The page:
Suzuki Night Market Queen Victoria Market Melbourne

For dessert, so much choice! I decided to go for the honey puffs as I’m a real sucker for sweet deep fried dough and bought a plate of huge doughnuts drizzled with honey and sprinkled with sesame seeds. This is definitely a dessert to be shared and good value for $6.

After our meals we wandered around the other non-food stalls. The mix of sellers was truly bizarre, ranging from cheap tat like sunglasses and imported plastic toys to on-the-spot hair extensions, wall vinyls, vintage clothes and the ubiquitous fisherman pants.

I can’t say I’d recommend the Suzuki Night Market for the shopping or even necessarily the quality of the food – but you’ll still love it for the vibe and the chance to soak in the long summer hours with your friends and family.

HOT: 84 Smith Street, 84 Smith St, Collingwood

I love to catch up on my window-shopping at 84 Smith Street. This vintage collectables and furniture shop has a constant rotation of eye-catching items in its storefront, from a plastic drinks-serving robot to mid-century Danish dining chairs to old-fashioned metal filing cabinets. Wendy Dracoulis and her husband only sell pieces that they like and they source their products from everywhere and anywhere.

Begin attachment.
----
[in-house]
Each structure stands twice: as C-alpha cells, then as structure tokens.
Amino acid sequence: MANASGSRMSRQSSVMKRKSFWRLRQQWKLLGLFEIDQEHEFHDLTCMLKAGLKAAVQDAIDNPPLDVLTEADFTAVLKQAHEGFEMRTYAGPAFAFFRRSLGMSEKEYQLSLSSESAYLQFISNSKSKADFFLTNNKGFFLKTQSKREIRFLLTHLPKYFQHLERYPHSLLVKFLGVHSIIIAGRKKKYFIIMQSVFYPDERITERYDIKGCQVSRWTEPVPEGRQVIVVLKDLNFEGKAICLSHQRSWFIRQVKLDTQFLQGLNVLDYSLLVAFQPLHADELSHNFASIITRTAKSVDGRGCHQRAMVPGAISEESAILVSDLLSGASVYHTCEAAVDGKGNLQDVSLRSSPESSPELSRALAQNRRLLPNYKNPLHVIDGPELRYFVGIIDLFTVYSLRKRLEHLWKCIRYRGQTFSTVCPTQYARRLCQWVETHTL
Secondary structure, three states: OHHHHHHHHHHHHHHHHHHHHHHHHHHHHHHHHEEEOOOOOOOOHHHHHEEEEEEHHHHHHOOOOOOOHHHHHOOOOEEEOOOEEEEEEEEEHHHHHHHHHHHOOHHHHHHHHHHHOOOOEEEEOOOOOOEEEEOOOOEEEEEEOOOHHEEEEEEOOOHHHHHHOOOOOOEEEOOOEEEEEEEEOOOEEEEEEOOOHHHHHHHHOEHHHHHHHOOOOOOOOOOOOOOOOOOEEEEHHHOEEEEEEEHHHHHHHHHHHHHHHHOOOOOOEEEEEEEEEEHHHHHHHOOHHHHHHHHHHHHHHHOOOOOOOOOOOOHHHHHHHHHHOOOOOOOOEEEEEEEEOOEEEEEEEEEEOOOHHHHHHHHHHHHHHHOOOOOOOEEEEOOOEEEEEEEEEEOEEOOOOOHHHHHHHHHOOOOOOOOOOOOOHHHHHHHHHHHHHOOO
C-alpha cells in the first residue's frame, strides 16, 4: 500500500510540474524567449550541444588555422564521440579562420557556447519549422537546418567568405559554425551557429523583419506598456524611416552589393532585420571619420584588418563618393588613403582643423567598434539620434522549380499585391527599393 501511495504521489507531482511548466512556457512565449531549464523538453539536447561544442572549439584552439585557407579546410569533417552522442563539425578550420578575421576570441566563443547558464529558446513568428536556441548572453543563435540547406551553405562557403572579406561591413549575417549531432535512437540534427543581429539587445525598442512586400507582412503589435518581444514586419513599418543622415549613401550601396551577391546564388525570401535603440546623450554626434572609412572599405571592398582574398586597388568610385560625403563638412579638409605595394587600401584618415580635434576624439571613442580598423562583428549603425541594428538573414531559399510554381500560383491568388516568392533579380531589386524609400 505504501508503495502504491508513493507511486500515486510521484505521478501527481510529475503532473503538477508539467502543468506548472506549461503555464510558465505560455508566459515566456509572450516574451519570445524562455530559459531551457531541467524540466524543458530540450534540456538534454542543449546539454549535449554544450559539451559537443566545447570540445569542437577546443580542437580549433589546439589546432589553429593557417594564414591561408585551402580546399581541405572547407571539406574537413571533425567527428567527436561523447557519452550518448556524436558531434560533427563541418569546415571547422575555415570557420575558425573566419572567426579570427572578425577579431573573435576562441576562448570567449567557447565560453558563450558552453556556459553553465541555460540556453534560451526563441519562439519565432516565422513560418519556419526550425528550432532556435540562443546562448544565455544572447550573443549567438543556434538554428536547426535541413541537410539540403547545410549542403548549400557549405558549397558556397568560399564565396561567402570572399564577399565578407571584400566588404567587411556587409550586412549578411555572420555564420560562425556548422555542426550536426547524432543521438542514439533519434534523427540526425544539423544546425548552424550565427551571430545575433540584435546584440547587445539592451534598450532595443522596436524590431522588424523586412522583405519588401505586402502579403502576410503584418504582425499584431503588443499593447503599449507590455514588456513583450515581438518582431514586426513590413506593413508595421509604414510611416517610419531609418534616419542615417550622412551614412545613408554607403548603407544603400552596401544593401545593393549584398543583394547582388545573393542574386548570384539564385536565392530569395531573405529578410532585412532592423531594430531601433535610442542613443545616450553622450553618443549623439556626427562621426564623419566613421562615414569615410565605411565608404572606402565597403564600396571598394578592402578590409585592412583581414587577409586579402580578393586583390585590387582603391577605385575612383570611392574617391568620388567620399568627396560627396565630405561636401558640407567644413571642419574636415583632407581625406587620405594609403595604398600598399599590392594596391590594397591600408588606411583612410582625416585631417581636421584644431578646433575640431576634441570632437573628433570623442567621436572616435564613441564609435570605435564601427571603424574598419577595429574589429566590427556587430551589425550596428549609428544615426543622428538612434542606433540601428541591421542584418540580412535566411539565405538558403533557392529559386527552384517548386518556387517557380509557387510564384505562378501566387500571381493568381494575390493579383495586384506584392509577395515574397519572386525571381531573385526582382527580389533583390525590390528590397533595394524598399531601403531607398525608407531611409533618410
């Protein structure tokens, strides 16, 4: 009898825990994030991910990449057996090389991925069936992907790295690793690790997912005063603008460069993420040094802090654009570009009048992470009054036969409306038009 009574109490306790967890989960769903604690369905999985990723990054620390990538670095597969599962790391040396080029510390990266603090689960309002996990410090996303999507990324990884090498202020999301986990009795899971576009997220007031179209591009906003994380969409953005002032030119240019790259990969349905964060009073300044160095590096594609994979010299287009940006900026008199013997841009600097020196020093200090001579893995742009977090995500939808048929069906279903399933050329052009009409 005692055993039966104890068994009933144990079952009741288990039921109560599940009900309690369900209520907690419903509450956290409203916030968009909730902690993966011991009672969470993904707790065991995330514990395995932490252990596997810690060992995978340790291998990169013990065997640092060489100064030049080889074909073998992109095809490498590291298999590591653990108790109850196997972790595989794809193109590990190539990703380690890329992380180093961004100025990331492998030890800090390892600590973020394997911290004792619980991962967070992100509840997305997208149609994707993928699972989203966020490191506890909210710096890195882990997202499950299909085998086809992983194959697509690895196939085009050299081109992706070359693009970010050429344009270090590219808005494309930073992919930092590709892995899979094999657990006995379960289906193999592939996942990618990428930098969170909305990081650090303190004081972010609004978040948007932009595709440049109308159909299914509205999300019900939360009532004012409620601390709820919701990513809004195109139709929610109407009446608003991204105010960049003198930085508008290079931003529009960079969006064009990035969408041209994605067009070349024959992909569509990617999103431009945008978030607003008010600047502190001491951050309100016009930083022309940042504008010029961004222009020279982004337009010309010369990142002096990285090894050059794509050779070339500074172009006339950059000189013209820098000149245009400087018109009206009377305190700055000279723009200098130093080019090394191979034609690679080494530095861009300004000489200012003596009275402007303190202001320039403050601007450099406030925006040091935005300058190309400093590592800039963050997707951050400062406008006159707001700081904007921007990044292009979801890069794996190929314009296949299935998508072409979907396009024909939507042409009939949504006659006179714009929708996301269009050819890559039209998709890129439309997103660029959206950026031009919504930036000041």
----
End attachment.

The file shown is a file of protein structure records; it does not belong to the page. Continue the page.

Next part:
While the furniture is always droolworthy in the store, on my most recent visit, these smaller items caught my eye:

84 Smith Street Collingwood

A huge industrial lamp and other cool anodised lamp shades.

84 Smith Street Collingwood

A butcher’s meat labels ($2 each). I loved these but couldn’t think of a use for them – any ideas? There were also some old-fashioned price tags on sticks which probably came from the same source.

84 Smith Street Collingwood

The store has a penchant for taxidermy, including lots of stuffed birds and a pair of hugely tall peacocks which presided over the windows for a while.

84 Smith Street Collingwood

If any of my wedding guests are out there reading this, please note that while we don’t have a gift registry we would very much appreciate this white orbit lamp ($120) *grin* It will go very nicely with our reproduction Le Corbusier chaise lounge and provide us of many happy memories of your generosity!